As we have said before with bubble zones, they are an attack on freedom of expression. They seek to silence one segment of society and to remove potential support for women facing crisis pregnancies. These “safe access zones” make it illegal to show disapproval of abortion, while it remains fine to express support and approval for abortion.
Beyond the impact on those wishing to express their pro-life beliefs, these laws do nothing to help women. It is already illegal to intimidate or harass people, regardless of where they are. If harassment and intimidation were actually happening outside abortion clinics, there would be reports of it – but police reports show no evidence to suggest this is the case.
The Abortion Rights Coalition of Canada, in their attempt to find pro-life violence, turns to data from the United States and Australia to make their case. This is necessary because it has been more than two decades since any kind of violence or serious vandalism was perpetrated against an abortion doctor or abortion facility in Canada. Even before that, reports were extremely rare, and almost all attributed to a single man who was started his anti-abortion violence in the U.S.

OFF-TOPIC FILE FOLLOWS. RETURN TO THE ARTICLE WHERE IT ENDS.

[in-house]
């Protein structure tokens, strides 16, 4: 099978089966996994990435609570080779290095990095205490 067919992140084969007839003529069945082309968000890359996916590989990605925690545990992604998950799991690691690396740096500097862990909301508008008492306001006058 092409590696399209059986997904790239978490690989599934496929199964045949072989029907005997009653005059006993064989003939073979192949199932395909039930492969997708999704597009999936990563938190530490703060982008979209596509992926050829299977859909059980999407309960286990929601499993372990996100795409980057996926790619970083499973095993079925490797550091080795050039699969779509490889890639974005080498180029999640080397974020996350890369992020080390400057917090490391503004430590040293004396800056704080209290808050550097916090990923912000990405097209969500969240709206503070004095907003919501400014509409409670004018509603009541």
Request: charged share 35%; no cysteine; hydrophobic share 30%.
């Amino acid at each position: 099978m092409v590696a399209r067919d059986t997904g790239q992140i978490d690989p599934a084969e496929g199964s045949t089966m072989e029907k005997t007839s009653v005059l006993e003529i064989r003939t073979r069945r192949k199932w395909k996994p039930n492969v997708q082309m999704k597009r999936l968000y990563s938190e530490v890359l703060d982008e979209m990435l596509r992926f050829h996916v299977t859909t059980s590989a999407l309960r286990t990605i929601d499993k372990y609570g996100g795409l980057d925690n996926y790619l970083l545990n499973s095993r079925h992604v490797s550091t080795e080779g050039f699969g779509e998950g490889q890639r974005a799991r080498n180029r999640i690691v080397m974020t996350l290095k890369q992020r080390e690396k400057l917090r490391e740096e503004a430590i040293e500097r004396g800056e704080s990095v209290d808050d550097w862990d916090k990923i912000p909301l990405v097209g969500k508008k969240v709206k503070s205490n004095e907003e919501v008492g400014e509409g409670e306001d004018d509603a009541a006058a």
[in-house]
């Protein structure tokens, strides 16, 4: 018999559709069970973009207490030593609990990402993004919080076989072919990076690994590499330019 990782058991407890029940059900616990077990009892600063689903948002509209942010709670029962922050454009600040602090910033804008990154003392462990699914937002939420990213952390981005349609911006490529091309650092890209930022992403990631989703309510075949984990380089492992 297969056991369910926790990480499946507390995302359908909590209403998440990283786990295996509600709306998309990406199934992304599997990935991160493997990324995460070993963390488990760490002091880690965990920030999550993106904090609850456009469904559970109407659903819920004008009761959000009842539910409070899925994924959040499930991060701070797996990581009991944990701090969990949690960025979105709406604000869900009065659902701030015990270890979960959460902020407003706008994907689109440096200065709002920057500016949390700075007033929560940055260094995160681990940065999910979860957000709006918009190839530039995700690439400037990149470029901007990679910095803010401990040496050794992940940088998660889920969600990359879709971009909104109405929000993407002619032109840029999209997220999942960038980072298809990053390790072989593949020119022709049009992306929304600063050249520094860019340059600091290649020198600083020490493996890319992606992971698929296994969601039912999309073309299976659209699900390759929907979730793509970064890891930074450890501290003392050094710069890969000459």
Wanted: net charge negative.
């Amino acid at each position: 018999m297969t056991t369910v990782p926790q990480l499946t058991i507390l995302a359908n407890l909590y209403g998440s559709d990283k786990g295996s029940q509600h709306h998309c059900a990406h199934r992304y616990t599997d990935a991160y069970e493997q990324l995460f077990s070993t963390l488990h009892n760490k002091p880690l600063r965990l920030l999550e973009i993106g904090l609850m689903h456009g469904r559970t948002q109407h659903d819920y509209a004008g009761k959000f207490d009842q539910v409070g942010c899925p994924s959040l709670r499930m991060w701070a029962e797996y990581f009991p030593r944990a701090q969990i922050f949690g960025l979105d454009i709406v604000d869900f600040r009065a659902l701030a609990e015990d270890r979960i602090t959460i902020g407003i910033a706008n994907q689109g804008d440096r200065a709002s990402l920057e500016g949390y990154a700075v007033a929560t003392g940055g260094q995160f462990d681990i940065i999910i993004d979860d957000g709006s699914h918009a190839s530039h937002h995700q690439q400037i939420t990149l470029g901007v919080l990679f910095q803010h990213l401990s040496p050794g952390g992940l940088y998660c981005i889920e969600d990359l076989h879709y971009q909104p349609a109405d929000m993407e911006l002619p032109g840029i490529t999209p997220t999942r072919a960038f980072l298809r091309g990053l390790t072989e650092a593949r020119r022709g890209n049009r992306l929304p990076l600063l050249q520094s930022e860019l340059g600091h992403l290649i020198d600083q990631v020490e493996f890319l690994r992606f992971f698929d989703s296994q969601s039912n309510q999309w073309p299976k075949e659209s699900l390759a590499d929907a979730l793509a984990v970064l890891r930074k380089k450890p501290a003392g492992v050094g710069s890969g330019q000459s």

The vast majority of protests outside abortion clinics are small, quiet, prayerful, and sincere. The people who spend time outside abortion clinics do so because they care deeply about life – the lives of women and the lives of their children. When a woman is facing an incredibly personal and difficult decision, bubble zones say the best way she can make that decision is all alone. Insisting that she not hear an opposing point of view is not about protecting women, but about isolating them. It treats women as fragile and incapable of making balanced decisions.
Every woman deserves to have access to information about abortion. This cannot just be information an abortion clinic might give her about the actual procedure, but information about the humanity of the pre-born and the availability of support should she wish to parent. Informed choices require information. That information should come from more sources than just the one set to profit off her decision. Silencing one message doesn’t increase autonomy, it decreases the information and potential support available to women.
A similar law is currently being challenged as an unconstitutional limitation of freedom of expression in Ontario, and we hope this bill will be quickly shut down by the Saskatchewan government for the sake of women, children, and freedom of expression.
If you live in Saskatchewan, take a moment to send an email to your MLA expressing your disappointment with this bill and asking that they vote against it when the time comes.